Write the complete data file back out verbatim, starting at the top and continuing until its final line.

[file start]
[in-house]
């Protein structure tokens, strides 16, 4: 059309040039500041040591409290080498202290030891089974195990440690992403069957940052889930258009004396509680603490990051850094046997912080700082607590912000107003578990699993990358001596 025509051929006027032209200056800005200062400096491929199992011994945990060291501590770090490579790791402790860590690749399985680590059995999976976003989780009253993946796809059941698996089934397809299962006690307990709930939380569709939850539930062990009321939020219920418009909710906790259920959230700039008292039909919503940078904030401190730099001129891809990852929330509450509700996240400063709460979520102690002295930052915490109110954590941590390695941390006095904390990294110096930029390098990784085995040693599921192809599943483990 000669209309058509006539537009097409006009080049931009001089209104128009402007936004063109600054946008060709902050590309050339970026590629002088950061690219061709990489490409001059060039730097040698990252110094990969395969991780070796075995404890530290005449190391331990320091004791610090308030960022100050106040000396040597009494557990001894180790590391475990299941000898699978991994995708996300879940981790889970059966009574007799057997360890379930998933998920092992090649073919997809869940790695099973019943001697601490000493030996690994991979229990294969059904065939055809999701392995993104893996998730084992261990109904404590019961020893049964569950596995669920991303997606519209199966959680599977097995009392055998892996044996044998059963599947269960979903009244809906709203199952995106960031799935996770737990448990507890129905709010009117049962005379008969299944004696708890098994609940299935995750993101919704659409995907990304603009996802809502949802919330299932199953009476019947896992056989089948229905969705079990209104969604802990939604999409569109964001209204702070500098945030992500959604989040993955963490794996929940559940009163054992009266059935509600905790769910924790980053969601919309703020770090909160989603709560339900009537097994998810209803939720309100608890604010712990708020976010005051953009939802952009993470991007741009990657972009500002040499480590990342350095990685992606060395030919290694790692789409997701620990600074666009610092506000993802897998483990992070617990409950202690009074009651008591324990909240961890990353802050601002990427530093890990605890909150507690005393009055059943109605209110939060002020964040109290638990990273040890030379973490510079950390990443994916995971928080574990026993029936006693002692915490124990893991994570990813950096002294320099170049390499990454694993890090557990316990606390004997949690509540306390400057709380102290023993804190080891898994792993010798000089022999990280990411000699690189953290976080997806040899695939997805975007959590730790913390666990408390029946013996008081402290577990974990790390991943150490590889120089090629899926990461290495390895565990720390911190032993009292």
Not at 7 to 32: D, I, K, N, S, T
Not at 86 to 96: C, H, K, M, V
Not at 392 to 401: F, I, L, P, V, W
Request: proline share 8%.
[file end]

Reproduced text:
[in-house]
């Protein structure tokens, strides 16, 4: 059309040039500041040591409290080498202290030891089974195990440690992403069957940052889930258009004396509680603490990051850094046997912080700082607590912000107003578990699993990358001596 025509051929006027032209200056800005200062400096491929199992011994945990060291501590770090490579790791402790860590690749399985680590059995999976976003989780009253993946796809059941698996089934397809299962006690307990709930939380569709939850539930062990009321939020219920418009909710906790259920959230700039008292039909919503940078904030401190730099001129891809990852929330509450509700996240400063709460979520102690002295930052915490109110954590941590390695941390006095904390990294110096930029390098990784085995040693599921192809599943483990 000669209309058509006539537009097409006009080049931009001089209104128009402007936004063109600054946008060709902050590309050339970026590629002088950061690219061709990489490409001059060039730097040698990252110094990969395969991780070796075995404890530290005449190391331990320091004791610090308030960022100050106040000396040597009494557990001894180790590391475990299941000898699978991994995708996300879940981790889970059966009574007799057997360890379930998933998920092992090649073919997809869940790695099973019943001697601490000493030996690994991979229990294969059904065939055809999701392995993104893996998730084992261990109904404590019961020893049964569950596995669920991303997606519209199966959680599977097995009392055998892996044996044998059963599947269960979903009244809906709203199952995106960031799935996770737990448990507890129905709010009117049962005379008969299944004696708890098994609940299935995750993101919704659409995907990304603009996802809502949802919330299932199953009476019947896992056989089948229905969705079990209104969604802990939604999409569109964001209204702070500098945030992500959604989040993955963490794996929940559940009163054992009266059935509600905790769910924790980053969601919309703020770090909160989603709560339900009537097994998810209803939720309100608890604010712990708020976010005051953009939802952009993470991007741009990657972009500002040499480590990342350095990685992606060395030919290694790692789409997701620990600074666009610092506000993802897998483990992070617990409950202690009074009651008591324990909240961890990353802050601002990427530093890990605890909150507690005393009055059943109605209110939060002020964040109290638990990273040890030379973490510079950390990443994916995971928080574990026993029936006693002692915490124990893991994570990813950096002294320099170049390499990454694993890090557990316990606390004997949690509540306390400057709380102290023993804190080891898994792993010798000089022999990280990411000699690189953290976080997806040899695939997805975007959590730790913390666990408390029946013996008081402290577990974990790390991943150490590889120089090629899926990461290495390895565990720390911190032993009292």
Not at 7 to 32: D, I, K, N, S, T
Not at 86 to 96: C, H, K, M, V
Not at 392 to 401: F, I, L, P, V, W
Request: proline share 8%.